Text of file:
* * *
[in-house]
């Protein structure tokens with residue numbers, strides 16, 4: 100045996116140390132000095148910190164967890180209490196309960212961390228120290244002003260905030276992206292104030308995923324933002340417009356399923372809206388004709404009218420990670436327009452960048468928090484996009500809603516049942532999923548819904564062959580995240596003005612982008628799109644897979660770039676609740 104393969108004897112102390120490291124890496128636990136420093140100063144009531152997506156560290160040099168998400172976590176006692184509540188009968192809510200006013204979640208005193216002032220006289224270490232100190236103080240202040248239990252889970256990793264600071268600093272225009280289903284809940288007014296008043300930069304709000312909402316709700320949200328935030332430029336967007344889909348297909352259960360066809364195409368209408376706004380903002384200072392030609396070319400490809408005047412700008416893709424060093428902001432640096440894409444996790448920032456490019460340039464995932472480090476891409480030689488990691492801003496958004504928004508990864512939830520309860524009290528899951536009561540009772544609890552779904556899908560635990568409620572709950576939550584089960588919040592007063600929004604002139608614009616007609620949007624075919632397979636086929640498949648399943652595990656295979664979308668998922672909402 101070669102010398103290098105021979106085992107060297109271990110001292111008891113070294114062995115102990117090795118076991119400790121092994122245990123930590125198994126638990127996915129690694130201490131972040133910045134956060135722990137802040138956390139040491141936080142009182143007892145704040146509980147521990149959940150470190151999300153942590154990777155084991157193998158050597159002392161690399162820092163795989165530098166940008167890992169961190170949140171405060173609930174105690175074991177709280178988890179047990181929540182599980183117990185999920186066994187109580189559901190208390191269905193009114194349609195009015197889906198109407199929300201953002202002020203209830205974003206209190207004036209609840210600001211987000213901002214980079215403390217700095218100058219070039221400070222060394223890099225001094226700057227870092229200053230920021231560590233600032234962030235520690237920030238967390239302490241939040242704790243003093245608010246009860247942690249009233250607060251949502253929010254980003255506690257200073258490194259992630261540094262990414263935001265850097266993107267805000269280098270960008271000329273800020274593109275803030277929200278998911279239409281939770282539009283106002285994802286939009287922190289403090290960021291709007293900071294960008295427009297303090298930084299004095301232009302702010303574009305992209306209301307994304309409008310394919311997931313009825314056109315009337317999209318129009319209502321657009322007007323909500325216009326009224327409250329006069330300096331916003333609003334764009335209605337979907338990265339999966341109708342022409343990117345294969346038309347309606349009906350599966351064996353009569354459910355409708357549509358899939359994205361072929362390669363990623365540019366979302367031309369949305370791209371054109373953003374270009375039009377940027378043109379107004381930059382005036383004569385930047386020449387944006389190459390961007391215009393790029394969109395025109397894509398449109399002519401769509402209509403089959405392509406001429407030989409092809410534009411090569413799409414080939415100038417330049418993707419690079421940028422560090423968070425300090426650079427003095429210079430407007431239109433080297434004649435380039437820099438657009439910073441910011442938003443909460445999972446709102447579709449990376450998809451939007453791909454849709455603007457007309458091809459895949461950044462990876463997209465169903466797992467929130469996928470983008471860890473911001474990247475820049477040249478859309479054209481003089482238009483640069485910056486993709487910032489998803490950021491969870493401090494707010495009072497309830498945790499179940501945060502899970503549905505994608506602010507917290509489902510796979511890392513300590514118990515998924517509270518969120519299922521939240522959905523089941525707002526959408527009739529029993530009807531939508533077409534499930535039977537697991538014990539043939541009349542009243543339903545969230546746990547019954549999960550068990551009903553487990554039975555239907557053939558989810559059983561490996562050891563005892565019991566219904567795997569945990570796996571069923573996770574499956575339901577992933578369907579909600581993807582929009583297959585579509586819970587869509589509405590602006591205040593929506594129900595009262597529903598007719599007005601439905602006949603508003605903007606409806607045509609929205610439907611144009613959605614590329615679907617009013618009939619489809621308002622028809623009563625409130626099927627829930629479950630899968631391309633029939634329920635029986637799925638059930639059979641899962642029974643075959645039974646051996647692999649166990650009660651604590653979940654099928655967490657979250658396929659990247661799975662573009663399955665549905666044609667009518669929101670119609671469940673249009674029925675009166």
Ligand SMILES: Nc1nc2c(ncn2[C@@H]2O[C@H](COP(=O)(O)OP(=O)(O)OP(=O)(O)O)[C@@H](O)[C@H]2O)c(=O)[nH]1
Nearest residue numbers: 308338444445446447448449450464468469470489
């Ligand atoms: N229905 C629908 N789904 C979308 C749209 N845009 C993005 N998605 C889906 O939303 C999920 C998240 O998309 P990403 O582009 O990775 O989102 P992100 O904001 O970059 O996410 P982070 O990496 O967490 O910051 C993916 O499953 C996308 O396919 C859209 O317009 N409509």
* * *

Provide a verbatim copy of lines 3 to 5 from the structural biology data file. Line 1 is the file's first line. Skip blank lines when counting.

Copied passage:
Ligand SMILES: Nc1nc2c(ncn2[C@@H]2O[C@H](COP(=O)(O)OP(=O)(O)OP(=O)(O)O)[C@@H](O)[C@H]2O)c(=O)[nH]1
Nearest residue numbers: 308338444445446447448449450464468469470489
């Ligand atoms: N229905 C629908 N789904 C979308 C749209 N845009 C993005 N998605 C889906 O939303 C999920 C998240 O998309 P990403 O582009 O990775 O989102 P992100 O904001 O970059 O996410 P982070 O990496 O967490 O910051 C993916 O499953 C996308 O396919 C859209 O317009 N409509």